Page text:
Every author wants the same thing. A chance. Just one opportunity to be offered the deal of a lifetime. But, sadly, not all manuscripts are publishable. Not every story written is written well. And perhaps most importantly to a publishing house, very few of them have a commercial value. Regardless of these facts, books are very often ‘backed’ or ‘placed on a shelf’ simply to reap a return backing or to get a ‘favor’ from another member. Some members on Authonomy have literally placed their lives--and their writing--on hold while they stare at a plasma screen for hours on end, reading one t0 three chapters of a manuscript. They write a comment (or sometimes, they don’t!) often not longer than a sentence or two, and frequently with no useful words of advice—then ‘back’ the book, and move on to another. And yes, I’ve been disappointed to observe that some authors ‘back’ a book simply to make a ‘statement’, or out of spite for another author, or to receive a backing for their own book—and NOT because they believed the manuscript they placed on their shelf had what it takes to make it all the way. This ‘you back me, and I’ll back you’ negates the whole purpose of the site. And may very well snatch a publishing opportunity from a very talented writer who has too much integrity to sink to those same levels.

This is not ‘sour grapes’. I do not have a manuscript in the running for the ED. I’m not in this competition anymore, as I was fortunate enough to have a literary agent pick up Grumble Bluff. I’ve been reading for the pleasure of it, for the networking, and for the delightful experience of meeting other authors who are just like me. Men and women who have a story to tell. Kindred spirits who are facing the same struggles as I am, and who hope and pray for the same outcome that I do.

I understand frustration. I identify with desire. But this system is flawed, in my opinion. If HC truly wants to ferret out the freshest talent, this is not the way to do it. With the current Authonomy system, all HC will discover is who, exactly, is willing to bend and break the rules to get what they want. They’ll learn which authors have the ability to abandon all semblance of a ‘normal’ life, in order to devote every waking hour to promoting their books. Perhaps that is what they are looking for. A fellow Authonomite recently suggested that HC might very well be looking for those authors who are willing to give the marketing of their manuscript everything they’ve got--regardless of whether or not that manuscript exhibits great talent, imagination, mechanics or magic-making ability. Because an author who will promote a novel with religious fervor (which can be tweaked and re-worked by an expert until it is a viable money-maker) is an extremely valuable asset. I hope that’s not the case. I hope we all aren’t part of an anthropological experiment.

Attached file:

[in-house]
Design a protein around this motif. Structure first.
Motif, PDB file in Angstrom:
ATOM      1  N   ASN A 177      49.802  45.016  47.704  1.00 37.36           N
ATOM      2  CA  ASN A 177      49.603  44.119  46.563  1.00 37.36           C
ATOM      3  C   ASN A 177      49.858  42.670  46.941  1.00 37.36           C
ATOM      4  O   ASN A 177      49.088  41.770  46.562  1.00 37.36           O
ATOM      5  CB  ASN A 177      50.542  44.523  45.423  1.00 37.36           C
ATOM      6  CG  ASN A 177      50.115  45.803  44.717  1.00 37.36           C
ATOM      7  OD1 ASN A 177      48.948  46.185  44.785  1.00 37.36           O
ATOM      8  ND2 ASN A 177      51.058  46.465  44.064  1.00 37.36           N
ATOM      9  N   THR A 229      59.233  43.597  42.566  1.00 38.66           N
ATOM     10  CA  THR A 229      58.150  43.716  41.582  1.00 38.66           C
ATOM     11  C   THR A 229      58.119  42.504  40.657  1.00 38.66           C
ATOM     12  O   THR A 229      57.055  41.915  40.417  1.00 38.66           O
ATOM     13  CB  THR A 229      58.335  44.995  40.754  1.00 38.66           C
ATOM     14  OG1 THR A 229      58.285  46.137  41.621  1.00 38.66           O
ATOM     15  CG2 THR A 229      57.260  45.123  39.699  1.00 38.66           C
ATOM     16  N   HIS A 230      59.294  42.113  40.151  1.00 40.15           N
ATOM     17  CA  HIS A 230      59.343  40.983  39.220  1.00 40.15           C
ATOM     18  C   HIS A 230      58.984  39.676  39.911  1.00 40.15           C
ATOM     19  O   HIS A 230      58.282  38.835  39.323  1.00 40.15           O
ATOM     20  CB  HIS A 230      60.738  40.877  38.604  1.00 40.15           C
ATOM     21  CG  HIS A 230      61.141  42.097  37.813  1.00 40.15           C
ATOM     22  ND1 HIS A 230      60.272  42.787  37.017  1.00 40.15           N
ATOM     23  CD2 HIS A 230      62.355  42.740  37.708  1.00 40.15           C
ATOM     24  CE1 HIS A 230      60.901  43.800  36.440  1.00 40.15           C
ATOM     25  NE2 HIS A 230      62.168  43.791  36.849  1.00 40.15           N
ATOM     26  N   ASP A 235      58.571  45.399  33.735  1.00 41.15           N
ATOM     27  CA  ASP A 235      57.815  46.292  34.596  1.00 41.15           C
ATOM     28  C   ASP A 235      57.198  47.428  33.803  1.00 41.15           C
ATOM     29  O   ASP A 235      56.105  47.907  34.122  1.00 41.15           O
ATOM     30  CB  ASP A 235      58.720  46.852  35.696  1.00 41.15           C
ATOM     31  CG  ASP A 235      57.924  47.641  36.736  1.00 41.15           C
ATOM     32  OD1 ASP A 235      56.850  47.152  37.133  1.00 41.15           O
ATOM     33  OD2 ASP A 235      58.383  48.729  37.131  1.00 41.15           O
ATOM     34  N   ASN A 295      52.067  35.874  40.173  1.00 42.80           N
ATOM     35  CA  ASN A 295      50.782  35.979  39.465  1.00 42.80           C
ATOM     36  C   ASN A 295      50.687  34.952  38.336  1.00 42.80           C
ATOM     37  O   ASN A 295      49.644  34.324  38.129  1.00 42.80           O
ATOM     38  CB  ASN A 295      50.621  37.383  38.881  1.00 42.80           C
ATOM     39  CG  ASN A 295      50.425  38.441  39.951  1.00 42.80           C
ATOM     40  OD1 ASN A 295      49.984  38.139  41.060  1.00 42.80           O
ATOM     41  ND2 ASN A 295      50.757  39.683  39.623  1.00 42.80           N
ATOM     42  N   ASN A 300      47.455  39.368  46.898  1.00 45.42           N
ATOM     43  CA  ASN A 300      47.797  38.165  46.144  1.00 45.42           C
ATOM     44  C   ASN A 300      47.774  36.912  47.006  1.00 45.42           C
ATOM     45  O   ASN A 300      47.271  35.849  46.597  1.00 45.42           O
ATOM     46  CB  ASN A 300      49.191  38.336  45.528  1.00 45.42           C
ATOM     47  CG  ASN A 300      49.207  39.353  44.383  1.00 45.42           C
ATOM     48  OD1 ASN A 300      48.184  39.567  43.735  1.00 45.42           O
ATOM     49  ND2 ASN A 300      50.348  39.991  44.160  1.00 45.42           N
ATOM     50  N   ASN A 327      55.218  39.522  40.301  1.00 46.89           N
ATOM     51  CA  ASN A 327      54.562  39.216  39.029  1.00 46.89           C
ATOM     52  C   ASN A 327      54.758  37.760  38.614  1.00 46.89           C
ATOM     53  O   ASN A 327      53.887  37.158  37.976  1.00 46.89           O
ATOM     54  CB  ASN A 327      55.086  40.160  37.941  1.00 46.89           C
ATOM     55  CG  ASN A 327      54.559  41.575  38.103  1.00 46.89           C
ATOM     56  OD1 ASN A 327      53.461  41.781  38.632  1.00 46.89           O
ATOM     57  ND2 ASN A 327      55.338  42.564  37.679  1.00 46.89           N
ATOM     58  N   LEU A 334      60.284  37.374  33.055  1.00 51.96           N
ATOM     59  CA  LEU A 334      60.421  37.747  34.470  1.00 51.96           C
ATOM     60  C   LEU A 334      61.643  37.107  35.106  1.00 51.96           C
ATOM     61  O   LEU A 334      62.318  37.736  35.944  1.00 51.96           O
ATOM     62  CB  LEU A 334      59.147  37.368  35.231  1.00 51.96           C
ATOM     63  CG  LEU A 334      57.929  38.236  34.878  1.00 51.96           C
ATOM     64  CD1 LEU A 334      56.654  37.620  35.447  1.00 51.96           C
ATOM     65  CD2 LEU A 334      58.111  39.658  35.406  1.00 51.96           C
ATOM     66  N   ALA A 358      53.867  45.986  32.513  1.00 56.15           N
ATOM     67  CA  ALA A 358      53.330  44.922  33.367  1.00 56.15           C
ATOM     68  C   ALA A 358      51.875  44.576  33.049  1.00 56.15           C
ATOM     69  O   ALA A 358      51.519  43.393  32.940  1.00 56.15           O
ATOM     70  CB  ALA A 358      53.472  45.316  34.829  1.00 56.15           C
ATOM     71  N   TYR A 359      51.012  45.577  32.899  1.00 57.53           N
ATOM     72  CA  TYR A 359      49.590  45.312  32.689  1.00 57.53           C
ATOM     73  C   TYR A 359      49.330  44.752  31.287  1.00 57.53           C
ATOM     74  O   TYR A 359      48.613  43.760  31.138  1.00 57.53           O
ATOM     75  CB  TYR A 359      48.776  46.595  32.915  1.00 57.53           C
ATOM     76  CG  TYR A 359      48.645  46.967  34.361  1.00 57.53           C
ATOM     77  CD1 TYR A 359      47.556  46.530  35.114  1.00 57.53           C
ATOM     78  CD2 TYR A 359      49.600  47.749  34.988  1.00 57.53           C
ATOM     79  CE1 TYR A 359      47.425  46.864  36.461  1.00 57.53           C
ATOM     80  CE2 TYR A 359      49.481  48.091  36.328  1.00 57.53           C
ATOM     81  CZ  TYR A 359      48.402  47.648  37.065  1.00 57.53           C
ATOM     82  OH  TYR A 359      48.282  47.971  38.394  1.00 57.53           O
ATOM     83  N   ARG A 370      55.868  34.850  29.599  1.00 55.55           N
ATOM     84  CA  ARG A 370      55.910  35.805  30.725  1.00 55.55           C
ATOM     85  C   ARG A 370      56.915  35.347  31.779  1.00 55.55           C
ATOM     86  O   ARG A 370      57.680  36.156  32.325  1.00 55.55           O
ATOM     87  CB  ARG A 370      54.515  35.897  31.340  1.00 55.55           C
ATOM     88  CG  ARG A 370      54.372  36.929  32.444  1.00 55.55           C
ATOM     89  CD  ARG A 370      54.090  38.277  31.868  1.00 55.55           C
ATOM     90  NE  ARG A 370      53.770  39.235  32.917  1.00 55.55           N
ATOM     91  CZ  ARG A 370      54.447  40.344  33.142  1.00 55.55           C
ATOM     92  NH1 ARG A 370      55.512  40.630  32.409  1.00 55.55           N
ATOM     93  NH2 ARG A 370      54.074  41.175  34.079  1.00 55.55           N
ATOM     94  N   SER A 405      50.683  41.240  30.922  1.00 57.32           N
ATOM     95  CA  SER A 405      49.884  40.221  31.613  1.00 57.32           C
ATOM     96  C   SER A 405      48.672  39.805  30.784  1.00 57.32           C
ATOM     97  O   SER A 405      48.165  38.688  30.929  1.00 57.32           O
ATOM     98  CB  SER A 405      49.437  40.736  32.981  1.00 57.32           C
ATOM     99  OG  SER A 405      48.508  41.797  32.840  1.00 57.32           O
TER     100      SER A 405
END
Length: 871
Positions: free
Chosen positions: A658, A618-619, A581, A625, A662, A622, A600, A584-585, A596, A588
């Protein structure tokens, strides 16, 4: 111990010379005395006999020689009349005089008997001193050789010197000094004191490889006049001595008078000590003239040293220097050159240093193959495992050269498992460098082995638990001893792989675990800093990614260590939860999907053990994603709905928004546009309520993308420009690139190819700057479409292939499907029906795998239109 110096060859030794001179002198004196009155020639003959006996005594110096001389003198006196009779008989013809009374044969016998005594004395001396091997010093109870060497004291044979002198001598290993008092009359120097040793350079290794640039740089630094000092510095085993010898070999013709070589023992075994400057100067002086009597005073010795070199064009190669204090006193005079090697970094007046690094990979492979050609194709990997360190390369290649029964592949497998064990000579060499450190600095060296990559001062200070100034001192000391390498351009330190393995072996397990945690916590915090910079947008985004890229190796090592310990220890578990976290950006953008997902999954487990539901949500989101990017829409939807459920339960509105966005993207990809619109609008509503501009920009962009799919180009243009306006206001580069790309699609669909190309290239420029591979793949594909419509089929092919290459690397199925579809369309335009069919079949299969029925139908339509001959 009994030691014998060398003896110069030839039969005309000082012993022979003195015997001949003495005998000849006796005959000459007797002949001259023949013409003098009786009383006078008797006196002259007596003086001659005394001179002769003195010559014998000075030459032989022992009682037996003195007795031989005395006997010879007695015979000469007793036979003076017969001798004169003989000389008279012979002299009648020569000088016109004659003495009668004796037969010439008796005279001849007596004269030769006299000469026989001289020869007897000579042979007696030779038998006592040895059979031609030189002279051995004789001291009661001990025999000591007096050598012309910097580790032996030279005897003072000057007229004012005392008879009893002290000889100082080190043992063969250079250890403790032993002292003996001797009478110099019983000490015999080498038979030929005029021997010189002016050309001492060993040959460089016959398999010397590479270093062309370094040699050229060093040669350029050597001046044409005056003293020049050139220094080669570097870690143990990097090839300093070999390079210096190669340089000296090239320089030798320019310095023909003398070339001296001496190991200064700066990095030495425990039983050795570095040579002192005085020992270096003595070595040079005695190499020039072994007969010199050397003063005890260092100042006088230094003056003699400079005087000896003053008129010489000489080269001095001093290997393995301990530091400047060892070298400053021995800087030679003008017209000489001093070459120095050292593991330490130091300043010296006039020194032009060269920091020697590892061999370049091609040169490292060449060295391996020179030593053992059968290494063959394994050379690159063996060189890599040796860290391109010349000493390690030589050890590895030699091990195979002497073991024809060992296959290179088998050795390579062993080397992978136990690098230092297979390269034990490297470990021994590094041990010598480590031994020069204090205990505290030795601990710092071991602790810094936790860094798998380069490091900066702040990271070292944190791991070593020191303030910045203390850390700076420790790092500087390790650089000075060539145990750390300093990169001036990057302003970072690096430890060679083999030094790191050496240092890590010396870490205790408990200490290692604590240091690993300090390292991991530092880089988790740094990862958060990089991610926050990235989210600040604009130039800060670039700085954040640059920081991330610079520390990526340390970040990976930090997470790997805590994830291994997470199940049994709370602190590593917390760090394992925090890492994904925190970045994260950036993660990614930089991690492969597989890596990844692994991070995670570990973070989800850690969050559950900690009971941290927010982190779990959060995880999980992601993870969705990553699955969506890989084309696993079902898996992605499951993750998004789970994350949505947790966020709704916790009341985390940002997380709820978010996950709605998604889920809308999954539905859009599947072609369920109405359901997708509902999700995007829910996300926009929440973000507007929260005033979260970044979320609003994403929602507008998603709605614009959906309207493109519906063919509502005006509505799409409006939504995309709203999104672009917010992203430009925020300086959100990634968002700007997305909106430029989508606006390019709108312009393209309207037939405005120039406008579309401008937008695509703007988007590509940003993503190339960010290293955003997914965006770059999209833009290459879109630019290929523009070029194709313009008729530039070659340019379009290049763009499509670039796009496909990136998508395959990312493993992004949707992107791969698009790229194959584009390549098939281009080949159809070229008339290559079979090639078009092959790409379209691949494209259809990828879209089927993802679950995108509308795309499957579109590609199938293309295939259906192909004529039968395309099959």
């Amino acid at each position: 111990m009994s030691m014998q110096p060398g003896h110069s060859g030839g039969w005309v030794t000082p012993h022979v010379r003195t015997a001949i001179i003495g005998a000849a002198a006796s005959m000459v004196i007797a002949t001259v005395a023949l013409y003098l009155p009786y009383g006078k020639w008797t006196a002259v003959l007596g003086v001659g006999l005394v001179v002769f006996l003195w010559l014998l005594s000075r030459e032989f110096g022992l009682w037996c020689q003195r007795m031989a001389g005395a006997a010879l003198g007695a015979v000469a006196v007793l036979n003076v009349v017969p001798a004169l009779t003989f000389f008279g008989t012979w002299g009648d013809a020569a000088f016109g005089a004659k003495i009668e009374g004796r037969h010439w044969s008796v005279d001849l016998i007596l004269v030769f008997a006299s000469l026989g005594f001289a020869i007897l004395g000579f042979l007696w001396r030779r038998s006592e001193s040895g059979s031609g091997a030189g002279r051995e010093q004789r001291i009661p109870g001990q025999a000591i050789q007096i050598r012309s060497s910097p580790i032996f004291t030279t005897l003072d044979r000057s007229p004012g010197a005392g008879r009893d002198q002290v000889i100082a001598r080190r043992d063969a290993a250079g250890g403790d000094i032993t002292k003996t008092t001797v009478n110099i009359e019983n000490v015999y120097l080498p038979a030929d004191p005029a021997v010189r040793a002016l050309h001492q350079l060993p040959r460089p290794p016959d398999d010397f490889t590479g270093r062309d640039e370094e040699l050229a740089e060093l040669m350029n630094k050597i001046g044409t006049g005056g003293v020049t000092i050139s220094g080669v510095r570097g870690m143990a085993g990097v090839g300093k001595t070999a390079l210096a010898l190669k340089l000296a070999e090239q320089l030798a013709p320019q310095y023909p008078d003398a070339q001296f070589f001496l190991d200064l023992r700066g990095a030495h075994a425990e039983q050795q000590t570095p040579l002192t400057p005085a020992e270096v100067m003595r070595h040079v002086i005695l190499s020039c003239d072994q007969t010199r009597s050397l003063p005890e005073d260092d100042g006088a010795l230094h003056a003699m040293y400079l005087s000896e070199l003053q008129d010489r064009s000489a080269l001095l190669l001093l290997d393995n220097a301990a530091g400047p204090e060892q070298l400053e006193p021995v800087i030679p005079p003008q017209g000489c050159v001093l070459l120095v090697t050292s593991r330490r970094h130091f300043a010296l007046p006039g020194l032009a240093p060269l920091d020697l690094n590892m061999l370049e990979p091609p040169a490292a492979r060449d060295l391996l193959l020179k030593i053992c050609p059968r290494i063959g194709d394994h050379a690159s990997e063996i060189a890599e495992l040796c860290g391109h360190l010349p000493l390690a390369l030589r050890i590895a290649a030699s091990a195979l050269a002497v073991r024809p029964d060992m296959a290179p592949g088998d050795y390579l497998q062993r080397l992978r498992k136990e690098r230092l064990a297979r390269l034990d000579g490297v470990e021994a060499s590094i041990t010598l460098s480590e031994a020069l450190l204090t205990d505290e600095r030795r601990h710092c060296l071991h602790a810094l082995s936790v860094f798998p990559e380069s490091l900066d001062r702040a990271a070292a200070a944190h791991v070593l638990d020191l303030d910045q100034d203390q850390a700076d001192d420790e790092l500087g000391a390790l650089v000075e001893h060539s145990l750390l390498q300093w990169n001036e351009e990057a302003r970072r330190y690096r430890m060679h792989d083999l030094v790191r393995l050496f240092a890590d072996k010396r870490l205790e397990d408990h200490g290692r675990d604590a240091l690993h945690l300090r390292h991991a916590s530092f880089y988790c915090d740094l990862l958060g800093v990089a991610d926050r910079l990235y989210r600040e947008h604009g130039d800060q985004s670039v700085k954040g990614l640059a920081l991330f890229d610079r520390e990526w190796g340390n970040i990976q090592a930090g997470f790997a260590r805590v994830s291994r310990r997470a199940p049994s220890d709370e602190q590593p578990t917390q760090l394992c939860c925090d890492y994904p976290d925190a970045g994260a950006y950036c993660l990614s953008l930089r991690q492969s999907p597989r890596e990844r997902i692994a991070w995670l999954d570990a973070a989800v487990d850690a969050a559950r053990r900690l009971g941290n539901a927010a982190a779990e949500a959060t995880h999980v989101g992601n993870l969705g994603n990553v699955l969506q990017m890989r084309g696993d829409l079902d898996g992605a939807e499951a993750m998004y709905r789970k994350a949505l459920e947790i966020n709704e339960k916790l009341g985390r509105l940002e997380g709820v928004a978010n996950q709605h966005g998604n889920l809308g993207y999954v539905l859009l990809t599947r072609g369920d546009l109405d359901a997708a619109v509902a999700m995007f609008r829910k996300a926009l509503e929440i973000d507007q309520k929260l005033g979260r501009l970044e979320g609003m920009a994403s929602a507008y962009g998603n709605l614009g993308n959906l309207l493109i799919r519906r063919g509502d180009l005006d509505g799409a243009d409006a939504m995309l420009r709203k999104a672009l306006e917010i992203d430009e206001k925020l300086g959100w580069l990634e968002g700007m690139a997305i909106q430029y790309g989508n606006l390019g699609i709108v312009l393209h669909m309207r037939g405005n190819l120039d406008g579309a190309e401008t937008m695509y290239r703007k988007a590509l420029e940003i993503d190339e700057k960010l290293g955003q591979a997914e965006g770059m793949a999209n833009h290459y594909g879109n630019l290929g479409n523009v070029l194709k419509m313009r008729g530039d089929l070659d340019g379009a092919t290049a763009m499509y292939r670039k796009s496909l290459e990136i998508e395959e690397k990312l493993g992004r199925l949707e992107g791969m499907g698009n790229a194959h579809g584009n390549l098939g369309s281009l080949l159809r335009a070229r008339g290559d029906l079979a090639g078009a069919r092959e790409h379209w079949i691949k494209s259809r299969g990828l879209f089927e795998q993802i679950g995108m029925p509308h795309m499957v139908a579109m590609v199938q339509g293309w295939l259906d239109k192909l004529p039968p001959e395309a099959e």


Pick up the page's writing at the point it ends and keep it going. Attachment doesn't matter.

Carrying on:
Because if we are, I think we’ve failed the test.

Monday, June 22, 2009

PP (premier posting)

As a writer I often ponder what makes the human mind tick. What, for instance, compels obviously intelligent human beings to sit at their computers every day, often for hours on end, posting comments on other writers' work? I'm referring to the HarperCollins website authonomy.com which gives writers the chance to submit a sample of their work in the hope that it will rise to the surface and win a coveted place on the ED - the Editor's Desk. The fate of the sample thereafter would appear to be disastrous, for at the end of each month the top five samples are 'reviewed' by said 'editor' and the pattern hasn't wavered thus far: the writer spends months completing a manuscript; said manuscript is submitted to authonomy; the writer spends months schmoozing with like-minded writers; makes it to the ED; waits with baited breath for the offer of a publishing contract...only to receive a review suggesting revision.

What's the point?

Well, authonomy can lead to publishing contracts. It can lead to a writer securing a contract with an agency. But none of that good stuff has - as yet - resulted from winning a place on the ED. All that hard work, hours and hours of mutual backslapping and fake plaudits, leads to nothing.

The sad fact is that unless a sample is picked from the pile before it gets to the ED, it's destined to go nowhere.

Is that a bad thing?

Well, no - not as long as the writer is aware of the fact, and is prepared to draw the line when the sample isn't picked up.

My sample of Brogan's Crossing has been available since the middle of February, and although it's received mostly positive reviews, it hasn't been picked up by an agent or by a publisher. That tells me it won't be picked up off the ED, either. And that's why I'm giving it a few more weeks before I make it 'private' - dead horses and flogging, etc.

Updated 20100107: the horse lives! A new version will be sent out to agents soon.

Good luck to those who are still content to spend all day every day reading, commenting and backing (or just backing, as some authonomites are doing.)